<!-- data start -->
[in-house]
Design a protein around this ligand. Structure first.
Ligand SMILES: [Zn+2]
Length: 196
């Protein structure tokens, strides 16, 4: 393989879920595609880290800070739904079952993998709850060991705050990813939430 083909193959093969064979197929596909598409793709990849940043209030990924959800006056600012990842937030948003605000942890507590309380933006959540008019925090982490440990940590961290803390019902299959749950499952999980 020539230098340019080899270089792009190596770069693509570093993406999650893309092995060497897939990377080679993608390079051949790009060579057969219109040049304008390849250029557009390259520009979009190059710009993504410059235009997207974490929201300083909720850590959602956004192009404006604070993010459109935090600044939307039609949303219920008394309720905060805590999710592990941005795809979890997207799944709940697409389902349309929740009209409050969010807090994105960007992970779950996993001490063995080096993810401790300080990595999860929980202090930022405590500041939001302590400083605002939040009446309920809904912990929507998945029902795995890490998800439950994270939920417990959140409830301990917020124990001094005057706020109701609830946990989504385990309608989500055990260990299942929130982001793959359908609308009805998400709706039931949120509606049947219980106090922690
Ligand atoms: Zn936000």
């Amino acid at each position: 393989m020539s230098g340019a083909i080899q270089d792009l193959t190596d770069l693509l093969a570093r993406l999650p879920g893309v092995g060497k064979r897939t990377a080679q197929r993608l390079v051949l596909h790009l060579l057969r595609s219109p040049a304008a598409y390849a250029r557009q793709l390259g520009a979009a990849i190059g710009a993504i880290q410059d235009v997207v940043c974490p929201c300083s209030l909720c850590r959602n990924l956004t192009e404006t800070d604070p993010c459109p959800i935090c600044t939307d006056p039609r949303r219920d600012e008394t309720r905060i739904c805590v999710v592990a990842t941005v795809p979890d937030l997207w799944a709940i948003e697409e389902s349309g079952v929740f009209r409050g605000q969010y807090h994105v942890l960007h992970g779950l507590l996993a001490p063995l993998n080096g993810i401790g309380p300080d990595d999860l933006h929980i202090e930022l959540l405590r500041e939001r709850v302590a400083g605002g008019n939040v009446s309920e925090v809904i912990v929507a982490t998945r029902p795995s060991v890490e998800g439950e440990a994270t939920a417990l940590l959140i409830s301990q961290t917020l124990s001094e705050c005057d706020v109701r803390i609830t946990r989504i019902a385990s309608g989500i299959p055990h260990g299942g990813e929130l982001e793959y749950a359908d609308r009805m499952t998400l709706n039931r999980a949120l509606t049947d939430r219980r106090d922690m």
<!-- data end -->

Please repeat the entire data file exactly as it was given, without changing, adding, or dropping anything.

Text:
[in-house]
Design a protein around this ligand. Structure first.
Ligand SMILES: [Zn+2]
Length: 196
């Protein structure tokens, strides 16, 4: 393989879920595609880290800070739904079952993998709850060991705050990813939430 083909193959093969064979197929596909598409793709990849940043209030990924959800006056600012990842937030948003605000942890507590309380933006959540008019925090982490440990940590961290803390019902299959749950499952999980 020539230098340019080899270089792009190596770069693509570093993406999650893309092995060497897939990377080679993608390079051949790009060579057969219109040049304008390849250029557009390259520009979009190059710009993504410059235009997207974490929201300083909720850590959602956004192009404006604070993010459109935090600044939307039609949303219920008394309720905060805590999710592990941005795809979890997207799944709940697409389902349309929740009209409050969010807090994105960007992970779950996993001490063995080096993810401790300080990595999860929980202090930022405590500041939001302590400083605002939040009446309920809904912990929507998945029902795995890490998800439950994270939920417990959140409830301990917020124990001094005057706020109701609830946990989504385990309608989500055990260990299942929130982001793959359908609308009805998400709706039931949120509606049947219980106090922690
Ligand atoms: Zn936000």
């Amino acid at each position: 393989m020539s230098g340019a083909i080899q270089d792009l193959t190596d770069l693509l093969a570093r993406l999650p879920g893309v092995g060497k064979r897939t990377a080679q197929r993608l390079v051949l596909h790009l060579l057969r595609s219109p040049a304008a598409y390849a250029r557009q793709l390259g520009a979009a990849i190059g710009a993504i880290q410059d235009v997207v940043c974490p929201c300083s209030l909720c850590r959602n990924l956004t192009e404006t800070d604070p993010c459109p959800i935090c600044t939307d006056p039609r949303r219920d600012e008394t309720r905060i739904c805590v999710v592990a990842t941005v795809p979890d937030l997207w799944a709940i948003e697409e389902s349309g079952v929740f009209r409050g605000q969010y807090h994105v942890l960007h992970g779950l507590l996993a001490p063995l993998n080096g993810i401790g309380p300080d990595d999860l933006h929980i202090e930022l959540l405590r500041e939001r709850v302590a400083g605002g008019n939040v009446s309920e925090v809904i912990v929507a982490t998945r029902p795995s060991v890490e998800g439950e440990a994270t939920a417990l940590l959140i409830s301990q961290t917020l124990s001094e705050c005057d706020v109701r803390i609830t946990r989504i019902a385990s309608g989500i299959p055990h260990g299942g990813e929130l982001e793959y749950a359908d609308r009805m499952t998400l709706n039931r999980a949120l509606t049947d939430r219980r106090d922690m």